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The latest coronavirus news from Canada and around the world Tuesday. This file will be updated throughout the day. Web links to longer stories if available.

6:30 a.m Cambodia is lifting its mask mandate for open public places, Prime Minister Hun Sen announced Tuesday.

He cited a large decline in coronavirus cases and a high level of vaccinations in dropping the requirement nationwide.

He said in an audio message on his Facebook page that it is still mandatory to wear masks in indoor public areas, especially air-conditioned buildings and crowded places such as theaters. He said it was up to individuals to decide whether they want to wear masks outdoors.

“I hope that the lifting of the mask-wearing requirement will create a moment of happiness for all our people, and at the same time help them save money by using what they had been paying for masks to instead buy clothing for their children,” he said, speaking after an inter-ministerial meeting to evaluate the COVID-19 situation.

Hun Sen strongly encouraged Cambodians to get booster doses, saying about 6.4 million people still have not received a third, or booster, vaccination.

5:57 a.m. Take-home PCR testing for Ontario students, introduced in the fall as a way to provide easier and faster access, has been phased out with only a dwindling supply of the self-collection kits still available in schools.

With the province in the midst of a sixth wave of the pandemic and pediatric hospital admissions higher than at any point in the pandemic, school boards are receiving only rapid tests instead of PCR (polymerase chain reaction) tests, which are considered the gold standard for diagnosing COVID-19.

What was once a convenient at-school pickup and drop-off PCR testing program has been greatly reduced to a handful of drop-off locations across Toronto. However, all tests continue to be processed.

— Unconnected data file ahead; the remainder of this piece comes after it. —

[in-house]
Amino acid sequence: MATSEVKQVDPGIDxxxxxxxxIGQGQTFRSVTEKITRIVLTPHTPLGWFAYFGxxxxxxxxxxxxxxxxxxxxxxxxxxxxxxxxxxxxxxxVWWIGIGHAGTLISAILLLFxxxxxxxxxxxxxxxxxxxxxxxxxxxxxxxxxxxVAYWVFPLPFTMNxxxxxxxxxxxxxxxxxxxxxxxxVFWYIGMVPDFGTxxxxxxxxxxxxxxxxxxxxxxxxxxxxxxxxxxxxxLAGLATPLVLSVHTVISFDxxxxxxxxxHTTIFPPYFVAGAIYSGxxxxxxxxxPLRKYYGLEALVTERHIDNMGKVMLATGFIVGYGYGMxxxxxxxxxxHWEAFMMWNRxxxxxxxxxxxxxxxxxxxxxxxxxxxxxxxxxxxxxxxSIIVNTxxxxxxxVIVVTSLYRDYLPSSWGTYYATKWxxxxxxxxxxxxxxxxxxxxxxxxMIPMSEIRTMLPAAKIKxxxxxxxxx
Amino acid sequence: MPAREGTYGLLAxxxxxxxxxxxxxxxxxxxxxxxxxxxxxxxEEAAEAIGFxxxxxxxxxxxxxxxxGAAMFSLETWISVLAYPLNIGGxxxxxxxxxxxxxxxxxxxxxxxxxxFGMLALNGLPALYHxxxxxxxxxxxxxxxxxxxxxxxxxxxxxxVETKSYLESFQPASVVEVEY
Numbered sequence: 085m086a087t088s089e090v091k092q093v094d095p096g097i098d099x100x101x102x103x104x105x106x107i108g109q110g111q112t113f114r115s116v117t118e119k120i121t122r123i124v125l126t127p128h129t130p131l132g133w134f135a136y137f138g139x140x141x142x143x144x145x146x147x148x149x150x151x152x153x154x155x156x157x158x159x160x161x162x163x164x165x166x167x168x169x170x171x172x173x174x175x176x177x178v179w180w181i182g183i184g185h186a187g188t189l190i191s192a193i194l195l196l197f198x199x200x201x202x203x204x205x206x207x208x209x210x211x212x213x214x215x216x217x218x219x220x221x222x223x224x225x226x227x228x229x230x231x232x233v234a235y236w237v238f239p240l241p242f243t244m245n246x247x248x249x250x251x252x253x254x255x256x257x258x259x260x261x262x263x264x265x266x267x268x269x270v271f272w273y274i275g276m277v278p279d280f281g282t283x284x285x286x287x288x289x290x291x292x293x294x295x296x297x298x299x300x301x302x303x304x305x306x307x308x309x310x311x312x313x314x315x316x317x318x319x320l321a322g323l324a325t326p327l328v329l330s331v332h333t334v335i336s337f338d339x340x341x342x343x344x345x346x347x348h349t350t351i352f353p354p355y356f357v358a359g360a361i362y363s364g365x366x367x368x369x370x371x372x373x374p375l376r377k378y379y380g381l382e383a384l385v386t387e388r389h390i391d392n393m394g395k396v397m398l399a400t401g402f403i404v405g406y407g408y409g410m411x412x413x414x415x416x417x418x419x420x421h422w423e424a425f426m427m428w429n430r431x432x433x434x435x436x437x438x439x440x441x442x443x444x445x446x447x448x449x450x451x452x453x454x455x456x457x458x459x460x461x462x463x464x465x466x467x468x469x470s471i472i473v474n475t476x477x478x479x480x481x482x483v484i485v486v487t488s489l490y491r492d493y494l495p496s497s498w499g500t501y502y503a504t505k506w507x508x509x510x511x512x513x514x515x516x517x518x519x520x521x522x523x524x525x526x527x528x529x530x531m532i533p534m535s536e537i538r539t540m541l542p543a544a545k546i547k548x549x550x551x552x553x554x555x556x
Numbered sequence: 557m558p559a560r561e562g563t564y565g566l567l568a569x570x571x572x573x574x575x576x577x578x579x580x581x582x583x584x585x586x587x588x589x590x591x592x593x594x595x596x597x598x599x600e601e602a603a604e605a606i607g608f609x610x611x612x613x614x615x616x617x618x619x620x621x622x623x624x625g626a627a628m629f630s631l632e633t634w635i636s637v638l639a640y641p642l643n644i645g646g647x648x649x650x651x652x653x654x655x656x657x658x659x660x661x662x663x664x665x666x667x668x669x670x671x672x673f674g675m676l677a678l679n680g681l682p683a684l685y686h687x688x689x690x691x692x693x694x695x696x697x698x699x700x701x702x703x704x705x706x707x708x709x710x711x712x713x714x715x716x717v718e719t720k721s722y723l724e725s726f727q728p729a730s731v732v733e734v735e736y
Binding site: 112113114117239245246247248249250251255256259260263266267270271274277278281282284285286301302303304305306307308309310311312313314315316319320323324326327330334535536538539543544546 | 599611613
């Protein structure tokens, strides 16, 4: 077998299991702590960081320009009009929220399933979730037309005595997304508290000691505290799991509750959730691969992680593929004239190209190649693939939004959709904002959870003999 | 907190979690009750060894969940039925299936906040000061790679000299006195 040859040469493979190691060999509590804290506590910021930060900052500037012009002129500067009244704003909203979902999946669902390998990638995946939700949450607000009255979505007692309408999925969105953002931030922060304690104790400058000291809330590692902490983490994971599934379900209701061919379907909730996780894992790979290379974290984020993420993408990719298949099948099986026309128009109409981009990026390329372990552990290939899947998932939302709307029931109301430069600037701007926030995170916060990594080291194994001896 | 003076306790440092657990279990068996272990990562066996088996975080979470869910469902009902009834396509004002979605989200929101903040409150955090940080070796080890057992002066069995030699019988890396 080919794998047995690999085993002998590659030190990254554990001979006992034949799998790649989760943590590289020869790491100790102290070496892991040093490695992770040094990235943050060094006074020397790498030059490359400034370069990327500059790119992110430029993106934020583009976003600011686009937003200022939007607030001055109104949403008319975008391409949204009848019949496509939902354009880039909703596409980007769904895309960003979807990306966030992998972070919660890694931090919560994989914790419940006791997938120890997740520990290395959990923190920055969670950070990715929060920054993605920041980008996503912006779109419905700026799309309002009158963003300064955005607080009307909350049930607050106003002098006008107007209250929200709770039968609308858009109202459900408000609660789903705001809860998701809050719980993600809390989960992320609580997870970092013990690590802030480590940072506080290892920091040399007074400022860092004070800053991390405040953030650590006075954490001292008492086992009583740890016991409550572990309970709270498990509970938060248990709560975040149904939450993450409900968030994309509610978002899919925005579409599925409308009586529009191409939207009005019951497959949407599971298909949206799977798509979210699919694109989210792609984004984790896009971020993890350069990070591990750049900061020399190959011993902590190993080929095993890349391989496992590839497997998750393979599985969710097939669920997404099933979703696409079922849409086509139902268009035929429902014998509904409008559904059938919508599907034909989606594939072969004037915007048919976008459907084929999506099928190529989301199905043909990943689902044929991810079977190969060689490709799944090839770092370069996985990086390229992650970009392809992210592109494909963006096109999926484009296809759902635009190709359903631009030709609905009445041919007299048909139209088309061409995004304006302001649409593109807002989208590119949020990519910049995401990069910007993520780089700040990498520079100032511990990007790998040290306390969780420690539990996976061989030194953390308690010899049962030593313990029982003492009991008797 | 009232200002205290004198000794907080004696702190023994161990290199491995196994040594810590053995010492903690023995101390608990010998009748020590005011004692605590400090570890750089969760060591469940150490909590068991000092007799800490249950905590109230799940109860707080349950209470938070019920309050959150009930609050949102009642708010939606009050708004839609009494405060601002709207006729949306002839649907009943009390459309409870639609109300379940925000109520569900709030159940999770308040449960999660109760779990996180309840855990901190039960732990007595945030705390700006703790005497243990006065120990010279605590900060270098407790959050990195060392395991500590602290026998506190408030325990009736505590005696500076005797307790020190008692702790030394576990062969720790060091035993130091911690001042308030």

Read the full story from the Star’s Isabel Teotonio and Ghada Alsharif.

5:55 a.m. China’s capital Beijing is enforcing mass testing and closing down access to neighborhoods as it seeks to contain a new COVID-19 outbreak.

Announcement of the test had sparked panic buying in the city of 21 million on Monday, but the situation appeared to calm on Tuesday with public transport largely keeping to normal schedules and roads packed with commuters.

Fears of total lockdown have been fed by disruptions in the supply of food, medicine and daily necessities in the southern business hub of Shanghai, where 25 million residents have only gradually been allowed to leave their homes after three weeks of confinement.

However, 86-year-old Beijing resident Chen Shengzhen said the capital had been given more time to prepare than its southern cousin.

Shanghai’s lockdown “came all of a sudden, so the policies and other aspects were not able to be in place,” leading to short-term hardships in the city, Chen told AP Television News.

“My daughter works in a government department and they have prepared very well, such as beds, quilts, and articles for women’s use. Even if we need to go into lockdown, we will be fine,” said Chen.

Shanghai, which has been locked down for more than two weeks, reported more than 19,000 new infections and 51 deaths in the latest 24-hour period.

5:50 a.m. US President Joe Biden’s administration is taking steps to expand availability of the life-saving COVID-19 antiviral treatment Paxlovid, as it seeks to reassure doctors that there is ample supply for people at high risk of severe illness or death from the virus.

Paxlovid, produced by Pfizer, was first approved in December. Supply of the regimen was initially very limited, but as COVID-19 cases across the country have failed and manufacturing has increased it is now far more abundant. The White House is now moving to raise awareness of the pill and taking steps to make it easier to access.

The White House said Tuesday it is stepping up outreach to doctors, letting them know that they shouldn’t think twice about prescribing the pill to eligible patients. It is also announcing that the drug will now be distributed directly to pharmacies, in addition to existing distribution channels run by states. That is expected to increase the number of sites from 20,000 to more than 30,000 next week and eventually to 40,000 locations.

The administration believes the pharmacy channel, which it used to increase availability of COVID-19 vaccines more than a year ago, will similarly make the antiviral pills more available to people.

Paxlovid, when administered within five days of symptoms appearing, has been proven to bring about a 90% reduction in hospitalizations and deaths among patients most likely to get severe disease. About 350 Americans are now dying each day from the coronavirus, down from more than 2,600 during the height of the omicron wave earlier this year.

The US has ordered enough supply of the pills for 20 million people, which is estimated to last for several more months. The administration has warned that subsequent deliveries are dependent on Congress approving additional COVID-19 response funding.

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